On an intuitive level, we can agree that there is a strong correlation between identity and labor. Meaning, people feel a pretty personal connection to the work they do.
Think of a dinner party. You are often asked about what you do before your introduce yourself or describe your family.Work, whether we like it or not, gives us meaning and defines us. Knowing this, what can leaders surmise about motivation and getting people to work harder? What connections can leaders draw between productivity and meaning?
Professors Ariely, Kamenica, and Prelac set to answering these questions with a series of experiments. In their paper entitled Man’s Search for Meaning: The Case of Legos, they argued that people work less when their labor has less meaning. Here’s what they did:
They gave students Legos and told them to follow instructions and build robots. They were paid on a diminishing scale for each completed model. So they received $3 for the first completed robot, $2.70 for the next, and so on. After each robot was built the students were asked if they wished to make another one, until they finally decided to quit.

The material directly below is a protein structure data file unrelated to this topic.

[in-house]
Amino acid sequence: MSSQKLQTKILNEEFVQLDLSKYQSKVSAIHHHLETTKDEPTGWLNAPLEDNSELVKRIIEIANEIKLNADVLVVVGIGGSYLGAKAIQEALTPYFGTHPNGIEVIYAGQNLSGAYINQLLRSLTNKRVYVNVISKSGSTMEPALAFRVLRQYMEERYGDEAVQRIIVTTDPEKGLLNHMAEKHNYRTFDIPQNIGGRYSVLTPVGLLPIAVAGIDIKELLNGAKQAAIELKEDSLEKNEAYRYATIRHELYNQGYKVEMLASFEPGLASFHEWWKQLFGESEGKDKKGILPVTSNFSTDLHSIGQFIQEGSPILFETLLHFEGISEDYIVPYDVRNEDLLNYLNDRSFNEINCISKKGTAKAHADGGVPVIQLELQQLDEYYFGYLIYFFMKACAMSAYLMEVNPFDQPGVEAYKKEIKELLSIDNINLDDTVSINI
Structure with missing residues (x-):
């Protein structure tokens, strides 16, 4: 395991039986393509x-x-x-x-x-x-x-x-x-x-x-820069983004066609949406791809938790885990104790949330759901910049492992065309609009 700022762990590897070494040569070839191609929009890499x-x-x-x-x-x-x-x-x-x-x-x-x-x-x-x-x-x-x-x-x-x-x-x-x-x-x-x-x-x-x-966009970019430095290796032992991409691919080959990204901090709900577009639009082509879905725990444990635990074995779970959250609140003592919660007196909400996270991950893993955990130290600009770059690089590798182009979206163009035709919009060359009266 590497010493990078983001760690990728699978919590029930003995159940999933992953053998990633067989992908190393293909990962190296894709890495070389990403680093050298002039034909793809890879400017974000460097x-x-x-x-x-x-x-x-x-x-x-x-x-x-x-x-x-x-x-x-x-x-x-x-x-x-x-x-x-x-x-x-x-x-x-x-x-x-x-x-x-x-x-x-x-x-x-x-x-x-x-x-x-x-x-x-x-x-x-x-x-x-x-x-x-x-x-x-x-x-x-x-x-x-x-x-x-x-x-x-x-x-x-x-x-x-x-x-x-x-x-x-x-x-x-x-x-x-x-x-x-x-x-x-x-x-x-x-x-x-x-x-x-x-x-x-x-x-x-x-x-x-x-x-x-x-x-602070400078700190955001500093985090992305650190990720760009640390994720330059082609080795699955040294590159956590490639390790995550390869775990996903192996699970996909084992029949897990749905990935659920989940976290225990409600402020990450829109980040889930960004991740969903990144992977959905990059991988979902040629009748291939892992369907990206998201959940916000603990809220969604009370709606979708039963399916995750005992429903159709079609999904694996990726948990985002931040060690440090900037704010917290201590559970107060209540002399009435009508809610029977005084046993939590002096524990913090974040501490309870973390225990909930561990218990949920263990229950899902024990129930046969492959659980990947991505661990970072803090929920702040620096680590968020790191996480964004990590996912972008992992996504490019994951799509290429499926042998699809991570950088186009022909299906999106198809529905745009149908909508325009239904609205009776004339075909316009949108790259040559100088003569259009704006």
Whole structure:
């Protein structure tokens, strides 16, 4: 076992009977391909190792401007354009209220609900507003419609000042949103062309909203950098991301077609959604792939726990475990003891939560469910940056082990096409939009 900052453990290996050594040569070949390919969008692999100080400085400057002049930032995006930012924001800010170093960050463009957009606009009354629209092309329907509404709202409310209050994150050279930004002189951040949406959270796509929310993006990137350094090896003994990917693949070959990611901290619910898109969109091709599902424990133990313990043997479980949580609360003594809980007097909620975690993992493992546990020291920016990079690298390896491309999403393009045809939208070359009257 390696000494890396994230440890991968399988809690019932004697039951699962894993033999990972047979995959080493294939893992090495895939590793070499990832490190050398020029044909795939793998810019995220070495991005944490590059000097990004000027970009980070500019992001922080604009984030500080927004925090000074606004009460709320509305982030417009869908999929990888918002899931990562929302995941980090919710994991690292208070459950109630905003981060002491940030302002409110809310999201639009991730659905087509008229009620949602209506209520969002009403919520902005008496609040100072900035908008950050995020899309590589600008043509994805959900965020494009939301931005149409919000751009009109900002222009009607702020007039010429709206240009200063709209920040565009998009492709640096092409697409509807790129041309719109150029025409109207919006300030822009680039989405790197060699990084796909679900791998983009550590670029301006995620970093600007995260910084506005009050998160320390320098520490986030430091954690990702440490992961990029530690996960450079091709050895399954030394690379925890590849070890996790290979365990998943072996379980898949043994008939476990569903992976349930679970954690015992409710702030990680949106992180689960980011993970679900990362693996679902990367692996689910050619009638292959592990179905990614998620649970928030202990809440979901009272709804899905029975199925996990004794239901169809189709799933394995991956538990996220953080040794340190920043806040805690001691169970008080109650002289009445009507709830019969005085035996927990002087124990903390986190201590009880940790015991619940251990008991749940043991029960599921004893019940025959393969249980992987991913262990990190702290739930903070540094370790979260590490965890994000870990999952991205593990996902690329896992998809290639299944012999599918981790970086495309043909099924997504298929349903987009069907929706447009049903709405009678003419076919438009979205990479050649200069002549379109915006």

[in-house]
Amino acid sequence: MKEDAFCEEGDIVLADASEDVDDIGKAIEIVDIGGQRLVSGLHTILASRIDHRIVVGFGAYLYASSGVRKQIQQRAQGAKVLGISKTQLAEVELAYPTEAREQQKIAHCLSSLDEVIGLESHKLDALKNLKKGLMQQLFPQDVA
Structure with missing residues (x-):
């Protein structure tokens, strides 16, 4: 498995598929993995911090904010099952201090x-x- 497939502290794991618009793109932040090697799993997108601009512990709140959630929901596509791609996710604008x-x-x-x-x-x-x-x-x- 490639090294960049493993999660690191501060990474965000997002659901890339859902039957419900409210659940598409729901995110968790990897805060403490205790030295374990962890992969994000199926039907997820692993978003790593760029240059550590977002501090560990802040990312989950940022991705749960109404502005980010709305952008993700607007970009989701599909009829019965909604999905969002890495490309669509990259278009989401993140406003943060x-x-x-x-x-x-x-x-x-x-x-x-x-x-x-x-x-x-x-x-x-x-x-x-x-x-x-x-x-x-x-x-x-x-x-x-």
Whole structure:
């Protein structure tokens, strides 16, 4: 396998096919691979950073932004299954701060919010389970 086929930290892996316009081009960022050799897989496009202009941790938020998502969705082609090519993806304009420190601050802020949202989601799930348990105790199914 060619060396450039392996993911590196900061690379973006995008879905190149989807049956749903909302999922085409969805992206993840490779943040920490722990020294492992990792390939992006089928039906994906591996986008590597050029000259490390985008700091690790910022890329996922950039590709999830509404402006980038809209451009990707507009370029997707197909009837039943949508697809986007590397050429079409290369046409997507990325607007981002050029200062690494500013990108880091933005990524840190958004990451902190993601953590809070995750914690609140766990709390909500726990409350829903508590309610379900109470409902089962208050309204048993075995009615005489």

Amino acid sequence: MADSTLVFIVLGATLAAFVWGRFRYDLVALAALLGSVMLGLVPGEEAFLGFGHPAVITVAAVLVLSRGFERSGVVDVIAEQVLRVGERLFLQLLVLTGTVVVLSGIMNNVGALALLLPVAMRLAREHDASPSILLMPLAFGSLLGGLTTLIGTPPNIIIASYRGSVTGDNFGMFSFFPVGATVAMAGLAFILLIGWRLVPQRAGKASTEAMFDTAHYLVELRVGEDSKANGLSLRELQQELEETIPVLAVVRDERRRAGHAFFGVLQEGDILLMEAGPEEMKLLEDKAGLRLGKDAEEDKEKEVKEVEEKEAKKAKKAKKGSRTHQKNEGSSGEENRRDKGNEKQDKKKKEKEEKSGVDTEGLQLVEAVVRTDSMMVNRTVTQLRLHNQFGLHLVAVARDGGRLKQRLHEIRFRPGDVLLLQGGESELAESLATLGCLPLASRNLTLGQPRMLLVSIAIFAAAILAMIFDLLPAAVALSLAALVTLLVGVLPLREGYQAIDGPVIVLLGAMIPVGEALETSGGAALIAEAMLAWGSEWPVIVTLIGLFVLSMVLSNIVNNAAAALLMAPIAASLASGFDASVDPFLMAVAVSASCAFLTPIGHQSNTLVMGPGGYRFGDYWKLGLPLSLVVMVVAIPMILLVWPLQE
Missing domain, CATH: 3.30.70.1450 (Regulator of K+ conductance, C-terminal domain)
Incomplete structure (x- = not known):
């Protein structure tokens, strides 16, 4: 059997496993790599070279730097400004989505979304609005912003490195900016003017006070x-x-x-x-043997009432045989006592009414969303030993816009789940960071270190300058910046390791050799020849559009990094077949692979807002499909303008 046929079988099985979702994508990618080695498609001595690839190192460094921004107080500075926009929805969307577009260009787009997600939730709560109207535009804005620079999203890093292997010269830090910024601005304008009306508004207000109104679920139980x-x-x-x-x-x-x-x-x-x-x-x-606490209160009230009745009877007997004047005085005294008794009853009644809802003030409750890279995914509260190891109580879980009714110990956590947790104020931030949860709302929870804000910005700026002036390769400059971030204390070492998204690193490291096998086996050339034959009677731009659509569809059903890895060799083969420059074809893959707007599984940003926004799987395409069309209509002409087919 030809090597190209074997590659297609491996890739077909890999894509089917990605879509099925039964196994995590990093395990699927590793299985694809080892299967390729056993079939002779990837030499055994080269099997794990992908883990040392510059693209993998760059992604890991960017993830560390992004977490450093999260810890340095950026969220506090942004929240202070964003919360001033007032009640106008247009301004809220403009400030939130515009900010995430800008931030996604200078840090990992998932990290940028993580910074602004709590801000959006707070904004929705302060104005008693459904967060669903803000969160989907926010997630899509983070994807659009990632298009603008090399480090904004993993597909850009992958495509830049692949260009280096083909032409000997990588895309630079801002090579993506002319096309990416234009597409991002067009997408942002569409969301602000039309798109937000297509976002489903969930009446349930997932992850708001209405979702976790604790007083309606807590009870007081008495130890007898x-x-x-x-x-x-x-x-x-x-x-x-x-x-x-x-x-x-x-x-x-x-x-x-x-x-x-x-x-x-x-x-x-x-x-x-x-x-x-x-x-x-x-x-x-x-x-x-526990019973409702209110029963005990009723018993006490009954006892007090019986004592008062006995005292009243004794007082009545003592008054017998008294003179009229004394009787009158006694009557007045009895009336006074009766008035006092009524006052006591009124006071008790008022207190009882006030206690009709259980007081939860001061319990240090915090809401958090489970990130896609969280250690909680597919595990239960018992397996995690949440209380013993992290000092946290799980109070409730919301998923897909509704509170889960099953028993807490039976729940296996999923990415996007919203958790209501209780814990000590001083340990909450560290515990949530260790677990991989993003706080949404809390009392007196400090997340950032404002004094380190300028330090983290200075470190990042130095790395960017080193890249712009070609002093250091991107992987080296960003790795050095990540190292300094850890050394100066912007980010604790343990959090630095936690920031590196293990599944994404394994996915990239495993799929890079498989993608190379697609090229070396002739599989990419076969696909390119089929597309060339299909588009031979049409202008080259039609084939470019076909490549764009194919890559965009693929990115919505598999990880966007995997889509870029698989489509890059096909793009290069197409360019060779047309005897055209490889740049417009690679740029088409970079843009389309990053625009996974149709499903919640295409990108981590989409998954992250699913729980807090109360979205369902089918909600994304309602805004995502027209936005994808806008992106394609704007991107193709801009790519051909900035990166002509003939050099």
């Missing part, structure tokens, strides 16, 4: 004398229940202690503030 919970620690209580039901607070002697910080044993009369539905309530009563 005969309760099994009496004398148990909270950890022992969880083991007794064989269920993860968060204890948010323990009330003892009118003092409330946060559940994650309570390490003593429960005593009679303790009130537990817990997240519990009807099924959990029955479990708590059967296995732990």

But there was a twist. When some students finished each piece, the experimenter examined their construction and placed it under the table and asked them if they wanted to build another one. For other students the researchers broke apart the student’s recently completed Lego structure and asked them if they wanted to make another. In the latter scenario people stopped working much faster. In the former scenario the researchers found that the respondents reported liking Lego’s more and completed more tasks.
The study and its implications relates to the workplace in two regards. First, small changes in recognition and purpose can have large effects on the productivity of labor. Second, it is generally suggested that close monitoring of workers reduces intrinsic motivation. This project suggests that monitoring if it is perceived as interest by the worker can compensate for any lost feelings of control. Leaders need to imbue projects with meaning. Any other motivational tools are secondary and perhaps superfluous.
Photo Credit: Oskay